Members of the European Parliament have voted on the first regulatory framework that will directly affect cryptocurrencies. The Czech Pirate Party opposed the proposal, claiming that it would lead to mandatory registration or identification of cryptocurrency owners.
This will pose a problem, for example, for the funding of dissidents such as Russian opposition figure Alexei Navalny. His entourage also spoke out against the proposal in response to the pirate MEPs.
“I understand the desire to regulate cryptocurrencies, but in my opinion, the whole discussion is based on a wrong assumption — namely that cryptocurrencies are supposed to work like money in a bank. Cryptocurrencies are supposed to be the equivalent of digital cash. In today’s world, we desperately need a means for anonymous transactions. It’s all about privacy and being able to handle our money without fear of someone else looking over our shoulder. This is a principle that we as Pirates have stood by for many years and we strongly support the right to privacy even with cryptocurrencies,” explains Pirate MEP Mikuláš Peksa, who sits on the Committee on Economic and Monetary Affairs.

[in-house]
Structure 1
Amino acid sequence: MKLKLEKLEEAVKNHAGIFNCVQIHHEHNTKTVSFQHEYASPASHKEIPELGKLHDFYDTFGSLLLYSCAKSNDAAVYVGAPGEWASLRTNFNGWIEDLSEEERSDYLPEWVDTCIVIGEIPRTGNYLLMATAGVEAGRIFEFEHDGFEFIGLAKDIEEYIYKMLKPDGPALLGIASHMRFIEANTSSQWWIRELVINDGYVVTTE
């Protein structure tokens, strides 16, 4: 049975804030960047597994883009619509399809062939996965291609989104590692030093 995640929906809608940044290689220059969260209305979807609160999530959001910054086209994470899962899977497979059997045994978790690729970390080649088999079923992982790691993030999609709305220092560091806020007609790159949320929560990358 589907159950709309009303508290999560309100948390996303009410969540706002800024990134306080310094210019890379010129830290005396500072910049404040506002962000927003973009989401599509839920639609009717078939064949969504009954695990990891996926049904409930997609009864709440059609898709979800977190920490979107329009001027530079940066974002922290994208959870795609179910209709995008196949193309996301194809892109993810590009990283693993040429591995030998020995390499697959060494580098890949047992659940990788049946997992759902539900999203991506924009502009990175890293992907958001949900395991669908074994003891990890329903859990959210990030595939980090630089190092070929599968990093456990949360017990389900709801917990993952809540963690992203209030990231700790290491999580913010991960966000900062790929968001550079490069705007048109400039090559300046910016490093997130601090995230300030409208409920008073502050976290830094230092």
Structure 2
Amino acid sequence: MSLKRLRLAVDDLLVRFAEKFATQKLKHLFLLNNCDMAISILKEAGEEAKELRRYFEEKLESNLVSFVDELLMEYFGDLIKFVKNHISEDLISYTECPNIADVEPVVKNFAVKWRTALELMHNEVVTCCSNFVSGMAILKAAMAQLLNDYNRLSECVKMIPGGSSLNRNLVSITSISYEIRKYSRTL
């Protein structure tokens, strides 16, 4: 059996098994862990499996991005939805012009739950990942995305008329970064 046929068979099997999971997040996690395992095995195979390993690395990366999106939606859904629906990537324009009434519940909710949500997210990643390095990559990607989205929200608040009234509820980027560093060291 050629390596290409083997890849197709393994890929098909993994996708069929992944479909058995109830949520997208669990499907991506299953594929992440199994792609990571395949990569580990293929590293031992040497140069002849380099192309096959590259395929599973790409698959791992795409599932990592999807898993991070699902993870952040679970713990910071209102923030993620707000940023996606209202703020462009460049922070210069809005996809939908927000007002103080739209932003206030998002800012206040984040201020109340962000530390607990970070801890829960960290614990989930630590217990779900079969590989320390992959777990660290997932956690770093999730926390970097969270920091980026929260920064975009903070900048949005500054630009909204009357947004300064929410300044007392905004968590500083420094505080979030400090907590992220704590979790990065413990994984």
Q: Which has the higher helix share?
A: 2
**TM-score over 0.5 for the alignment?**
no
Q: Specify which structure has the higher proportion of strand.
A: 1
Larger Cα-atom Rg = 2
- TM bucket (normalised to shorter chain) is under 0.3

Peksa also adds a specific example where anonymity is absolutely a key, namely the funding of individuals such as Alexei Navalny. He and others, including some non-profit organisations, are increasingly dependent on anonymous donations in virtual currencies. Peksa argues that, without private wallets, further support will be very difficult. The NGOs themselves also confirm this.
“As a human rights organisation, the Open Dialogue Foundation is also interested in the regulation of cryptocurrencies and their impact on vulnerable users, particularly human rights activists and those providing humanitarian aid. In collaboration with the Alexei Navalny Foundation and other activists, our organisation advocates for regulators to provide a framework for the use of Bitcoin and stablecoin for humanitarian aid and human rights protection in authoritarian states. That is why we agree with the Pirates,” says Lyudmyla Kozlovska, President of ODF.
The revised funds transfer regulation introduces mandatory identification of both recipients and senders of all cryptocurrency payments. The first regulations are expected to come into force in a year’s time.
In other media:
- Tio: Lugano’s Plan ₿. Defending Human Rights with Bitcoin: Interview with Lyudmyla Kozlovska (December 28, 2023)
- WebEconomy: How Bitcoin Becomes a Lifeline for Victims of Repression and Financial Exclusion – Explains Lyudmyla Kozlovska [INTERVIEW] (October 6, 2023)
- ABC: Ukrainians use Bitcoin to resist Russian aggression: Lyudmyla Kozlovska in ABC interview (July 6, 2023)
- Bitcoin Policy Institute: 21 Human Rights Leaders Urge Congress to Learn About Bitcoin (June 7, 2022)